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Evolving properties of intellectual capitalism

Patents and Innovations for Growth and Welfare

Ove Granstrand

Intellectual capitalism is evolving, driving and driven by technological innovations and various forms of entrepreneruship. The purpose of this eagerly anticipated book is to analyze the linkages between R & D, patents, innovations, entrepreneurship and growth. Based on a large array of national empirical and policy studies, it elaborates on a comprehensive range of innovation and IP issues that are pertinent not only to Europe but to the world as a whole. These issues include the role of patents and licensing in the governance of technology and innovation, and the various uses and abuses of patents. It further elaborates on new IP phenomena in an increasingly patent-intensive world with patent-rich multinationals and patent-savvy new entrants from Asia. In a world facing challenges that call for innovative responses, the book contains a set of valuable policy recommendations for strengthening innovativeness for economic growth and ultimately for social value creation.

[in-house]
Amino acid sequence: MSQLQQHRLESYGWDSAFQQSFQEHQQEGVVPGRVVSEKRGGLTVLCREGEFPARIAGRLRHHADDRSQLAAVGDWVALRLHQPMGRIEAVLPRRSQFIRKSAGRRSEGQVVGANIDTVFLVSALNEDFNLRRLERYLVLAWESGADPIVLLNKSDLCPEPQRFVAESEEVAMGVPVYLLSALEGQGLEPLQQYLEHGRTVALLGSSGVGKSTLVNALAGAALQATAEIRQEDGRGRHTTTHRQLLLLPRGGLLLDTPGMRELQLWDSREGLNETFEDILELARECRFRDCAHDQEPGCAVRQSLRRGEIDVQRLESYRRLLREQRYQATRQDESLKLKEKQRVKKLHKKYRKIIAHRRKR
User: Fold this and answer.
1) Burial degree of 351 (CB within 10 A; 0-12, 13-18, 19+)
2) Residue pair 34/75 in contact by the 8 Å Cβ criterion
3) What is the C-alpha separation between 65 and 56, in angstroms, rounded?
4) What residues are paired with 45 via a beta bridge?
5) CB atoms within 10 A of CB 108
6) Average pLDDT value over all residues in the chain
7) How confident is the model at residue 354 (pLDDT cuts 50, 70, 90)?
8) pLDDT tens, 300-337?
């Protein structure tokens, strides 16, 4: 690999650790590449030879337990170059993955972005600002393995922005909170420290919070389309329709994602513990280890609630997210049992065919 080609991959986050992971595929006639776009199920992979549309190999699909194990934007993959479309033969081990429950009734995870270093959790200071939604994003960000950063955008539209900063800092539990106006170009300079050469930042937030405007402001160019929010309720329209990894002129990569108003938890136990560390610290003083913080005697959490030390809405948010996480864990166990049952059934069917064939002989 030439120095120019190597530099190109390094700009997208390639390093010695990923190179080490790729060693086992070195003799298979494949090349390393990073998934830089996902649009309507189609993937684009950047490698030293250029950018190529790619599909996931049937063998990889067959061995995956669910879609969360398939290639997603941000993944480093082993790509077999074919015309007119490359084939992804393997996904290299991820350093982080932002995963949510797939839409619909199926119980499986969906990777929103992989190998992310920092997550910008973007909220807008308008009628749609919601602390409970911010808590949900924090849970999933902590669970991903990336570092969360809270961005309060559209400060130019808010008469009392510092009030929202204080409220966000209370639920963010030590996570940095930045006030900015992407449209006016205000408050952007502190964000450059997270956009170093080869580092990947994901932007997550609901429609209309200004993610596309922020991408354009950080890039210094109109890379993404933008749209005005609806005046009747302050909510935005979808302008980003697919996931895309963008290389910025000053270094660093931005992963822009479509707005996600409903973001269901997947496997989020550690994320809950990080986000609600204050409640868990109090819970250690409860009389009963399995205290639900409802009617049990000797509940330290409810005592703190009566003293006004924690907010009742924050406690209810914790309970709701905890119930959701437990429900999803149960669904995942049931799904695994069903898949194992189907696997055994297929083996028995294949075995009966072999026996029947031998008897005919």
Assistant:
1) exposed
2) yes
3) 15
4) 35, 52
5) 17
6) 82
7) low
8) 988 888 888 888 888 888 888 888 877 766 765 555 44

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Edited by Faïz Gallouj and Faridah Djellal

This book aims to take account of the major advances made in ‘Service Innovation Studies’ (SIS) and above all to provide an agenda setting out the research priorities in the field. This agenda is established by considering the issue of innovation in services in relation to a number of major contemporary challenges, including environmental issues, social inclusion, economic development, service ecosystems, smart service systems, religion, ageing, public organizations, gender, and ethical and societal issues. Bringing together internationals experts in the field of SIS, the book illustrates the strength and fertility of this research trajectory. It will be of great interest for both services and innovation scholars in economics, management science and public administration.